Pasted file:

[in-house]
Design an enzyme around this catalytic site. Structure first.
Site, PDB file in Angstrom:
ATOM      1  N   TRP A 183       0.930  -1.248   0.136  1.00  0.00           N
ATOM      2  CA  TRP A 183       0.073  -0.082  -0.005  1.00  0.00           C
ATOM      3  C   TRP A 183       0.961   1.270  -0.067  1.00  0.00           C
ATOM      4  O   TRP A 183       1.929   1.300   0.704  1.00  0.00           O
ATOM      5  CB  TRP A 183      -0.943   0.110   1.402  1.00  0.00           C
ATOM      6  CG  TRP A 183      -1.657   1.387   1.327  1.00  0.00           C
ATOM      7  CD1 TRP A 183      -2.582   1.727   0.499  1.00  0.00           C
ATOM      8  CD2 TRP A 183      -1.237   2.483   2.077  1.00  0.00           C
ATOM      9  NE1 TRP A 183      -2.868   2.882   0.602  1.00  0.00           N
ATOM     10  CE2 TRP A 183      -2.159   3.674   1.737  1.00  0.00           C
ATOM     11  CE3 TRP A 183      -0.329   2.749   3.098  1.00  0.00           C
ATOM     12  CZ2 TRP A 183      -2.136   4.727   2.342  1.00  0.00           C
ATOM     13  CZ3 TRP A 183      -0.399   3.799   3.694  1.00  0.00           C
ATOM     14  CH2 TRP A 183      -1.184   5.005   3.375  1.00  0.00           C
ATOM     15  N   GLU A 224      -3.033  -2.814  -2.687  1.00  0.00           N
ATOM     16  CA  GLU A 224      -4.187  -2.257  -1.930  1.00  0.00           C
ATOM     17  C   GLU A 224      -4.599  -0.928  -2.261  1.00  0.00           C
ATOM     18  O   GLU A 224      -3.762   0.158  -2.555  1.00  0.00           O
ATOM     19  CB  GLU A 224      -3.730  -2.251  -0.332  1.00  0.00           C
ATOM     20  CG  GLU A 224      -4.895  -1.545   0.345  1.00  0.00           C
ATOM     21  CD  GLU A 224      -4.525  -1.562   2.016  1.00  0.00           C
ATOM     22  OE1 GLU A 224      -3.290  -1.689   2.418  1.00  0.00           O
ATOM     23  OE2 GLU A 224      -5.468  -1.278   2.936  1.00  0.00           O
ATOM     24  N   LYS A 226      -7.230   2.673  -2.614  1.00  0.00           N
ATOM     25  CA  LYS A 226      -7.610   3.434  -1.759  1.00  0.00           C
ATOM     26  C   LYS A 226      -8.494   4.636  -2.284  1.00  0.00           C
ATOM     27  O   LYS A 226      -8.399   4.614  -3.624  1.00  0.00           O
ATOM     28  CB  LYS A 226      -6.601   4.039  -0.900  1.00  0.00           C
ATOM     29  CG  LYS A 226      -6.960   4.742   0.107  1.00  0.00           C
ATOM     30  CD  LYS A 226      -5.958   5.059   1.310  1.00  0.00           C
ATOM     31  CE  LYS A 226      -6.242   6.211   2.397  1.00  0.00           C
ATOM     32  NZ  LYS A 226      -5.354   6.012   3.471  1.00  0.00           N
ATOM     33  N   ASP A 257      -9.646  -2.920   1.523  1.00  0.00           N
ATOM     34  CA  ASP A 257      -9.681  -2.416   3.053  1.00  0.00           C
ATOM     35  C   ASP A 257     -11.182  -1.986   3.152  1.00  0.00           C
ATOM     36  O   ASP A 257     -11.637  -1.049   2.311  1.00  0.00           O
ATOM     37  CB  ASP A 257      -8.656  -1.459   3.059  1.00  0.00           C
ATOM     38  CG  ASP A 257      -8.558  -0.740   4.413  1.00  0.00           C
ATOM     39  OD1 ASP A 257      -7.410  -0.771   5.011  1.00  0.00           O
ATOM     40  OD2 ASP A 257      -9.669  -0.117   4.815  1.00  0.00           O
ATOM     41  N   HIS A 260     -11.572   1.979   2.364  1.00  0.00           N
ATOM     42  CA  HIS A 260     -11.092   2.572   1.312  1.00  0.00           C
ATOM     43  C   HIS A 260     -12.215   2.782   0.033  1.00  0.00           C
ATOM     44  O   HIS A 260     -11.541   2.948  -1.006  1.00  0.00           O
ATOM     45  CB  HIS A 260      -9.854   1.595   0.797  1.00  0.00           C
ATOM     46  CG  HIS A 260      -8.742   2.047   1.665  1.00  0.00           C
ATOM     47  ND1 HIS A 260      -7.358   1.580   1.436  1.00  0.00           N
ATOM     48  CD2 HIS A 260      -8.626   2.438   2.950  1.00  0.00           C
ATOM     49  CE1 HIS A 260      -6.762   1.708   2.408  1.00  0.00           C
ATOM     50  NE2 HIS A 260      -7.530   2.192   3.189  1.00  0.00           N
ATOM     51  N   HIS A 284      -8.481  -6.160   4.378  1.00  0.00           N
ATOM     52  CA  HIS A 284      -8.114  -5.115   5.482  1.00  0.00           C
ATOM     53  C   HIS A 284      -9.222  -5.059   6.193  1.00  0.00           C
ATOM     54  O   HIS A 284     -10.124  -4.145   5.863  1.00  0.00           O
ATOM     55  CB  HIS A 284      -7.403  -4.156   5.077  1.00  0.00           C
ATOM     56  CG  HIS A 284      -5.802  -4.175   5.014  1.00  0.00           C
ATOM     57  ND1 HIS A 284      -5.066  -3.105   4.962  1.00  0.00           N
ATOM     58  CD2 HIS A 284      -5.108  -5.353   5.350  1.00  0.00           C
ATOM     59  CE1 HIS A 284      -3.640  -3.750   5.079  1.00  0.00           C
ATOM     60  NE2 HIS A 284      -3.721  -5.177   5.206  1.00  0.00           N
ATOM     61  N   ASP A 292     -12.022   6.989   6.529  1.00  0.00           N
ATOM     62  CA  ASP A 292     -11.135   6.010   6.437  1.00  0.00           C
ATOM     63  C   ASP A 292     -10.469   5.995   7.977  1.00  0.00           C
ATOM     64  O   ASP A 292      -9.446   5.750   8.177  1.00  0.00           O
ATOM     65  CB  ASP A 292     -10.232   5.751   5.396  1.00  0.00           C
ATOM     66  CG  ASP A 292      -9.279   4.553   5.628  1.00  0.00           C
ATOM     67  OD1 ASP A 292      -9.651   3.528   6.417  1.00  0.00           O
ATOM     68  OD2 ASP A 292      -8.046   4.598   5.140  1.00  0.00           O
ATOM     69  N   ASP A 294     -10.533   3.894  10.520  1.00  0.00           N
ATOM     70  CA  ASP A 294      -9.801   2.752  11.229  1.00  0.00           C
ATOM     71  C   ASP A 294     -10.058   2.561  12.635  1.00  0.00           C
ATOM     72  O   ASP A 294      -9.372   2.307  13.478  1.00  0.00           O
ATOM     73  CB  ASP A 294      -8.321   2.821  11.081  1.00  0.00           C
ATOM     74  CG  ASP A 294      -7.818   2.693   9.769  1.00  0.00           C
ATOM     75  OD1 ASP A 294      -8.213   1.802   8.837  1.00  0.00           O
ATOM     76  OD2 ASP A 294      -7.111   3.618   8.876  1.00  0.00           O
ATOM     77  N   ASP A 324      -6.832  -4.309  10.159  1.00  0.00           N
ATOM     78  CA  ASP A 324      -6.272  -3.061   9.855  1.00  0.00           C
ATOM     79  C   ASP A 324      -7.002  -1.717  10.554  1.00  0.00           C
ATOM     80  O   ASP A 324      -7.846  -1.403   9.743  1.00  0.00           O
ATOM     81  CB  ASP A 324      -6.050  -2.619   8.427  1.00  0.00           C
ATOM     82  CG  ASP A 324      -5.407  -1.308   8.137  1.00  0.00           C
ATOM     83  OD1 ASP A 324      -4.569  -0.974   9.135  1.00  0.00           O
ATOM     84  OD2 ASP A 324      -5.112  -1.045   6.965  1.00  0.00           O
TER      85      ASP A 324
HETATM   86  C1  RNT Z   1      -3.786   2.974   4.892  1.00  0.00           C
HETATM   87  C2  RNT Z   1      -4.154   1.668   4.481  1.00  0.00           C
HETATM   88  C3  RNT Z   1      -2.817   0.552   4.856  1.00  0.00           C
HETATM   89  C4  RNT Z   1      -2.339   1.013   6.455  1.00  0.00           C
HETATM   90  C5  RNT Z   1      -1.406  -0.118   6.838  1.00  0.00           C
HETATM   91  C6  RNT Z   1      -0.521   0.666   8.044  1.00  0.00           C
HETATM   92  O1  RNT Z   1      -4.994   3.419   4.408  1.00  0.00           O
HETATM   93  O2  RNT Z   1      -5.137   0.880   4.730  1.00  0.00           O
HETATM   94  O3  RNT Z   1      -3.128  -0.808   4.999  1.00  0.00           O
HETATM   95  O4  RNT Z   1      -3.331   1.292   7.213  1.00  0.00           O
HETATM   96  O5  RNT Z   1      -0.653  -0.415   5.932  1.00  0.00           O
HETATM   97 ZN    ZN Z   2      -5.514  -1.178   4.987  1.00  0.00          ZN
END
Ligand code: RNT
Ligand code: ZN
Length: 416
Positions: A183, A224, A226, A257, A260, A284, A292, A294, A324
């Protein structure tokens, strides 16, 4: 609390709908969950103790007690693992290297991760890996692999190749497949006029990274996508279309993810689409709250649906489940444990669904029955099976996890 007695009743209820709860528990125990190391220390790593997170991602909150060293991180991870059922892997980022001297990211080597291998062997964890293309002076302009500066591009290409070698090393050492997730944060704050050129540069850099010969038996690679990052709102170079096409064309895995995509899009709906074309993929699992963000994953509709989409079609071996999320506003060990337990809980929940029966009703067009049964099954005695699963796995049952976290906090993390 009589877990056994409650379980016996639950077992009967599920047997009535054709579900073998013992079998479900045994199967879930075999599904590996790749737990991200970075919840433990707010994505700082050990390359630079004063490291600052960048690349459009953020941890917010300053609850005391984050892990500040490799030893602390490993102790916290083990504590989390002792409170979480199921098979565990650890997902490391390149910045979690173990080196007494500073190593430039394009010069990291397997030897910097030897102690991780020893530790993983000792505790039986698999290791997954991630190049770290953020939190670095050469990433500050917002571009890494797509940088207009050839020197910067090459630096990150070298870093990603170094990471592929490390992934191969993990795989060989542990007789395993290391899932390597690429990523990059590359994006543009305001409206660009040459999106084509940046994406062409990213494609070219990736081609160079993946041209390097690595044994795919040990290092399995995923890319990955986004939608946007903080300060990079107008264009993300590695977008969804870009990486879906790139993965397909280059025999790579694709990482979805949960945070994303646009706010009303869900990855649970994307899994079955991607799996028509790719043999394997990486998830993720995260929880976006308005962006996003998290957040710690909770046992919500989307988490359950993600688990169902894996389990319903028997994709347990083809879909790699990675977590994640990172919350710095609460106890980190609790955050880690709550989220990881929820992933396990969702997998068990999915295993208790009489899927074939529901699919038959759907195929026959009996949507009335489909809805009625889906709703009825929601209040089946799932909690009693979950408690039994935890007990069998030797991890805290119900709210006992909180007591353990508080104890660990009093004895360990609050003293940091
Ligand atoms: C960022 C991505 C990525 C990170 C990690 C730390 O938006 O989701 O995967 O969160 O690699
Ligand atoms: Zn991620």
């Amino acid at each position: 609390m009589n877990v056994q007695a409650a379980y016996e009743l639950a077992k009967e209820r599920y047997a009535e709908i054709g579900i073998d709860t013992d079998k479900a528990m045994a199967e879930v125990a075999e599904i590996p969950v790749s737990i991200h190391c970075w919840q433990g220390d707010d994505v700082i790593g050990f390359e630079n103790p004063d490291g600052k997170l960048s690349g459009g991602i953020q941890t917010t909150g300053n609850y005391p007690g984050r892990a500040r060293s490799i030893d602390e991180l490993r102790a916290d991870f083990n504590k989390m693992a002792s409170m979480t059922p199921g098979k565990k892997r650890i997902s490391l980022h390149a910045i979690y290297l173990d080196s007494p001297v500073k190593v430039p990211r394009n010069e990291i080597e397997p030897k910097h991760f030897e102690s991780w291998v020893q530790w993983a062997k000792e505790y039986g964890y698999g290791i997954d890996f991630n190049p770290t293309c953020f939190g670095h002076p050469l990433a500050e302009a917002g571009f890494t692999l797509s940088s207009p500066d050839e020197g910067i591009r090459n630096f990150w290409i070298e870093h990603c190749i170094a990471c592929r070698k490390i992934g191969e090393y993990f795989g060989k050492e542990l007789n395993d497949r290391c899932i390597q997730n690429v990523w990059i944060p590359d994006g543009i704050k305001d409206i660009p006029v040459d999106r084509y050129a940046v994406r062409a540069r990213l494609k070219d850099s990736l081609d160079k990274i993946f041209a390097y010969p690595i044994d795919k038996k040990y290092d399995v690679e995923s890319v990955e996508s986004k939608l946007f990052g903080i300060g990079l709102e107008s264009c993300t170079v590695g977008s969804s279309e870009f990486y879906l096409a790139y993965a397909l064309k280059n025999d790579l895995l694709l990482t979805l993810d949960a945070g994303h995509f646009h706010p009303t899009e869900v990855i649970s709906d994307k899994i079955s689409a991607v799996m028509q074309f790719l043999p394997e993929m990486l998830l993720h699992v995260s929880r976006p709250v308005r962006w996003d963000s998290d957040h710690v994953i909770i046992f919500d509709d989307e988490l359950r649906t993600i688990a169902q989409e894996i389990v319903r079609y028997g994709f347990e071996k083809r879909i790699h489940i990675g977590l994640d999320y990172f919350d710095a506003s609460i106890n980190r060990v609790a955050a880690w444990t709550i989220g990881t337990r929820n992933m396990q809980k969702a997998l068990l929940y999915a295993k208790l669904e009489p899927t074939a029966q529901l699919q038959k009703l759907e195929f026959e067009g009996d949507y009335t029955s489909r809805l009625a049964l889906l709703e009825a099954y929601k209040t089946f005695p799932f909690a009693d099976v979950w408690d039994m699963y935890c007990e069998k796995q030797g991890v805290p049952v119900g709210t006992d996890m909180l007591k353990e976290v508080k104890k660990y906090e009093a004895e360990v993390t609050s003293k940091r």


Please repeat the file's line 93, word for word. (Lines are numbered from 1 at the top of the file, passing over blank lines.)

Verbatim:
HETATM   90  C5  RNT Z   1      -1.406  -0.118   6.838  1.00  0.00           C